© The Trustees of The British Museum

 

Subsequent chapters explore Country, County and Custom, Kingship and the English Nation, The Legacy of Rome, Venice Viewed from London, The Noble Moor, The Scottish Play, and the Matter of Britain. Each is illustrated throughout with truly mouth-watering photographs, illustrations, maps, and woodcuts. One of my favourite objects is this Horn-book from the late 1600s, comprising a sheet of printed paper protected by a layer of horn, similar to the one from which Shakespeare himself would have learned his alphabet and Lord’s Prayer while at school:

 

© The Trustees of The British Museum

 

One of the many facts I discovered while reading Staging The World, is that in 1571, a statute was enacted enforcing the wearing of woolly caps by everyone over the age of six on Sundays and holidays. This knitted man’s cap was found in Moorfields, London and dates to the mid-sixteenth century:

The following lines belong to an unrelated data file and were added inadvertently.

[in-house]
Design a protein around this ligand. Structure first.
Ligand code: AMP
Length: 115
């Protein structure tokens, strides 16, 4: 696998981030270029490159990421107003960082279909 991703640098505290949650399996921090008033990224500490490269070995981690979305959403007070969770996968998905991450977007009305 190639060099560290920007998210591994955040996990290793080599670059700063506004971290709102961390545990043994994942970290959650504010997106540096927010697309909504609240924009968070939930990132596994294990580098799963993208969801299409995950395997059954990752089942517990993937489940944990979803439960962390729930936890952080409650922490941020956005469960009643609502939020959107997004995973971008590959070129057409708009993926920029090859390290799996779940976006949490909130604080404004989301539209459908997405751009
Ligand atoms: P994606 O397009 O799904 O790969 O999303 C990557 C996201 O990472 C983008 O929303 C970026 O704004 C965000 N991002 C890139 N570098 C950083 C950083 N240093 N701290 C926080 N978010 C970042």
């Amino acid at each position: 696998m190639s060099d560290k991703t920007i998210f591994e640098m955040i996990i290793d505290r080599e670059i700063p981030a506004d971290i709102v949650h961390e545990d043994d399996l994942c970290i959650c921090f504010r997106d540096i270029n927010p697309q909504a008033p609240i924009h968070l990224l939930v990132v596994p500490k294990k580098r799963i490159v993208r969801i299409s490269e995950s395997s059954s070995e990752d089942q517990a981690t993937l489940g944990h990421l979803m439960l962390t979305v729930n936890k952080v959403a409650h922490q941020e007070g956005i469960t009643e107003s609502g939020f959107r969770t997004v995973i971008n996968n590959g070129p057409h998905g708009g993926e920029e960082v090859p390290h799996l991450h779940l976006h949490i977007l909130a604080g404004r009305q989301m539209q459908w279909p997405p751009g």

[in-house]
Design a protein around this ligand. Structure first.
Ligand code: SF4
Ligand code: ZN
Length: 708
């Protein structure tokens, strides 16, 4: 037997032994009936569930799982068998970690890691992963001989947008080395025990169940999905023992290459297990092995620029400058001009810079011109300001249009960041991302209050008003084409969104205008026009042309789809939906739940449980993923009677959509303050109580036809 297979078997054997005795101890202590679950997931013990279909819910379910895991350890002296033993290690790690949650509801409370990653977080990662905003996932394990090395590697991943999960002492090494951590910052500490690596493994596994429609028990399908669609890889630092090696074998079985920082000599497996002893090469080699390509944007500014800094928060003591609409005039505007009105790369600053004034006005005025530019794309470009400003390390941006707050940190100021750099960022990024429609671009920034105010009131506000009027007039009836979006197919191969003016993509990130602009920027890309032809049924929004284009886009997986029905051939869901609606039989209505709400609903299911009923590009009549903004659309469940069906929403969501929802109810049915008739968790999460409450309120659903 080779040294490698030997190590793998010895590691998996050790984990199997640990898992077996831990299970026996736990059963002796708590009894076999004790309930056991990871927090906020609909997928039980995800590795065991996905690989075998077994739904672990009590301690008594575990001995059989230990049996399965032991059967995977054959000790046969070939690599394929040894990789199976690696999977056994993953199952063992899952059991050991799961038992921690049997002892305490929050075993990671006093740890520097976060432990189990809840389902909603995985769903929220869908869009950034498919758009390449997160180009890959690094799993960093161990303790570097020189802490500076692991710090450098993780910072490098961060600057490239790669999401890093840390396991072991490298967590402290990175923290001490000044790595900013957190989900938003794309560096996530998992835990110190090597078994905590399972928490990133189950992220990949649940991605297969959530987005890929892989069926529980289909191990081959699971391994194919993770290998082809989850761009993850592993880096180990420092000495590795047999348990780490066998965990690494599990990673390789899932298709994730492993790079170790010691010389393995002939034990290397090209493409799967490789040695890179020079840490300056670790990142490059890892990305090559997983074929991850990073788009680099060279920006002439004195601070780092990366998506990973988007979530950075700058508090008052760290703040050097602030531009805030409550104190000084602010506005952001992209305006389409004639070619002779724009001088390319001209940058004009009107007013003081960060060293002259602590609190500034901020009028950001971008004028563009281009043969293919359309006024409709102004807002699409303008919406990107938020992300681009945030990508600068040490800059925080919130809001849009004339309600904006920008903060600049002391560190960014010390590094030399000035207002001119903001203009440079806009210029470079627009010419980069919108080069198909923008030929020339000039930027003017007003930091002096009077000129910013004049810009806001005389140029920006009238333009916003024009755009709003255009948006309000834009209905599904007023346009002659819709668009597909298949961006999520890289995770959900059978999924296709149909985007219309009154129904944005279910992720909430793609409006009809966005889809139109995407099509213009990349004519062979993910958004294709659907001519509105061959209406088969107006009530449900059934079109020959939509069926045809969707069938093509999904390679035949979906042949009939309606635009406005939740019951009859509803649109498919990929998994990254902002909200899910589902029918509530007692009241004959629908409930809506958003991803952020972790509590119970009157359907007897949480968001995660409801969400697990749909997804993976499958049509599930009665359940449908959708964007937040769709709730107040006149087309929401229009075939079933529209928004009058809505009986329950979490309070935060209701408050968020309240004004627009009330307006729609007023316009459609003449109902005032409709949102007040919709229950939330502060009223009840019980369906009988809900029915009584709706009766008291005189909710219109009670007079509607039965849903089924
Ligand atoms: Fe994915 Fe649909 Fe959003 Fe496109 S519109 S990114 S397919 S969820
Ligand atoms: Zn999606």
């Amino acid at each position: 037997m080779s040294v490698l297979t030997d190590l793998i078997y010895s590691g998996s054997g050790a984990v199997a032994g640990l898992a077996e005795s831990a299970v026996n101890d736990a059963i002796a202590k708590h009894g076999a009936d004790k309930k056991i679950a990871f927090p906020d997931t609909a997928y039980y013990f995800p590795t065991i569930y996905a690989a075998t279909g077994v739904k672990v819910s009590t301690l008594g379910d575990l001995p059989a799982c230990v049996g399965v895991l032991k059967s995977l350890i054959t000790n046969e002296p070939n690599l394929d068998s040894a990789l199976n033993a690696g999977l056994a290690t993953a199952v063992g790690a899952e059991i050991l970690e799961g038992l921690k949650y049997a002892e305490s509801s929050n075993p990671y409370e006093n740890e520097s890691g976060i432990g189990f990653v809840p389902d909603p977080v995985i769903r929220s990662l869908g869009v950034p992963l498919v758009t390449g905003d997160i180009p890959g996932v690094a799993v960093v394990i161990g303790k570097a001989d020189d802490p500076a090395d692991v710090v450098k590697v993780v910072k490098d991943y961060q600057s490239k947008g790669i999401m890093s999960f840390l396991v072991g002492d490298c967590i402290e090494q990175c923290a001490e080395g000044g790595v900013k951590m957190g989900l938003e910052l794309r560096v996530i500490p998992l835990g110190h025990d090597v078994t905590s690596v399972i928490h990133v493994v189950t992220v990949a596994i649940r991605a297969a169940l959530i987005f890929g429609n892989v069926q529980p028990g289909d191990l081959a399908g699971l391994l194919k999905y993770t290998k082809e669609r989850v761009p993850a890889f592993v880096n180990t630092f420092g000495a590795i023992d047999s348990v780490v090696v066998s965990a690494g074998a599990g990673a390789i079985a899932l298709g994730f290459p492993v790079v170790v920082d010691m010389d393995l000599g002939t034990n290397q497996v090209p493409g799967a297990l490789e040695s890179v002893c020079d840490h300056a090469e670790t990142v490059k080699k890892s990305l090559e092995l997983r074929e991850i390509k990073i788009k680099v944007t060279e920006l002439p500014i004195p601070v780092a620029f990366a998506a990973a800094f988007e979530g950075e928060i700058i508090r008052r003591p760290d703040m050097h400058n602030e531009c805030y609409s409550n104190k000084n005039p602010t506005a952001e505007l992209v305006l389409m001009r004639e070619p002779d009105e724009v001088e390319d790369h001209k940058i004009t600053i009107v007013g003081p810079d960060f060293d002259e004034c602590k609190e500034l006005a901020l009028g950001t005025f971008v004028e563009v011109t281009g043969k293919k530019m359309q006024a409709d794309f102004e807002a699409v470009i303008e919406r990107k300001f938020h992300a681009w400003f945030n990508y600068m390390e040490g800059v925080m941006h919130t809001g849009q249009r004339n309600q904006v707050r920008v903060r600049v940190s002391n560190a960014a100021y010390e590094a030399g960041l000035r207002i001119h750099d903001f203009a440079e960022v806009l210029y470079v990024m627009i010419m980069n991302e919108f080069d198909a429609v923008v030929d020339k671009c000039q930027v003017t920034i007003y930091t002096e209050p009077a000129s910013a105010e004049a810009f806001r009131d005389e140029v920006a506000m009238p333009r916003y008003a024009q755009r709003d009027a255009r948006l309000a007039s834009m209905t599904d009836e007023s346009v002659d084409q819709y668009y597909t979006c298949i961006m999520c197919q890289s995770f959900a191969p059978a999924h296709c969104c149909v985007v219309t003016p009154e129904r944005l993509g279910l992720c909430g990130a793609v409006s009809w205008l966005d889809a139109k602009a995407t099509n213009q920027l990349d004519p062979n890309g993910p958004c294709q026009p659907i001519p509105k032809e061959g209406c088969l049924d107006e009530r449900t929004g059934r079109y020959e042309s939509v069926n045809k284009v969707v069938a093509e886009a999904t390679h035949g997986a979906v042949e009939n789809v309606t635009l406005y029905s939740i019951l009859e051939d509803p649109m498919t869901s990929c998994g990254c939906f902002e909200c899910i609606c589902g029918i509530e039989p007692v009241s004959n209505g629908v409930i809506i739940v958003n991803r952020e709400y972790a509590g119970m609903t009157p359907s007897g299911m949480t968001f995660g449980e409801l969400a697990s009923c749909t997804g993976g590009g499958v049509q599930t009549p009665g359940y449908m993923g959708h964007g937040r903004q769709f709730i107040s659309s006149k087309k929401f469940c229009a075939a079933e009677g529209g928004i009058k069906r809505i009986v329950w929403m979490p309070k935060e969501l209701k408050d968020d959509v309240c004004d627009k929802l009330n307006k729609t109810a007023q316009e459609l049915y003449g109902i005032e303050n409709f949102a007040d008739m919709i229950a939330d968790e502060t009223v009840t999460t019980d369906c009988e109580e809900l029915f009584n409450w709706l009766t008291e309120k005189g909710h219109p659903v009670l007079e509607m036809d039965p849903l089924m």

© The Trustees of The British Museum

Perhaps my favourite object is this lantern, traditionally associated with Guy Fawkes. It was given to the University of Oxford in 1641 as a memento of the Gunpowder Plot. It’s made from sheet iron and would originally have had a horn window so it could be completely closed to hide the lighted candle within:
 © The Trustees of The British Museum



Shakespeare: Staging The World is more than just a museum catalogue, it’s a stunning collection of early modern objects brought vividly to life by Jonathan Bates and Dora Thornton. I’d endorse it for anyone with an interest in Shakespeare or early modern England. For the Shakespeare scholar it’s a valuable addition to the bookshelf, for the historian it’s a smorgasbord of early modern artifacts. For the general reader it’s a beautifully illustrated and informative guide to the world of Shakespeare. Highly recommended. Shakespeare: Staging The World, Jonathan Bate and Dora Thornton (The British Museum Press: London, 2012) (£25).
*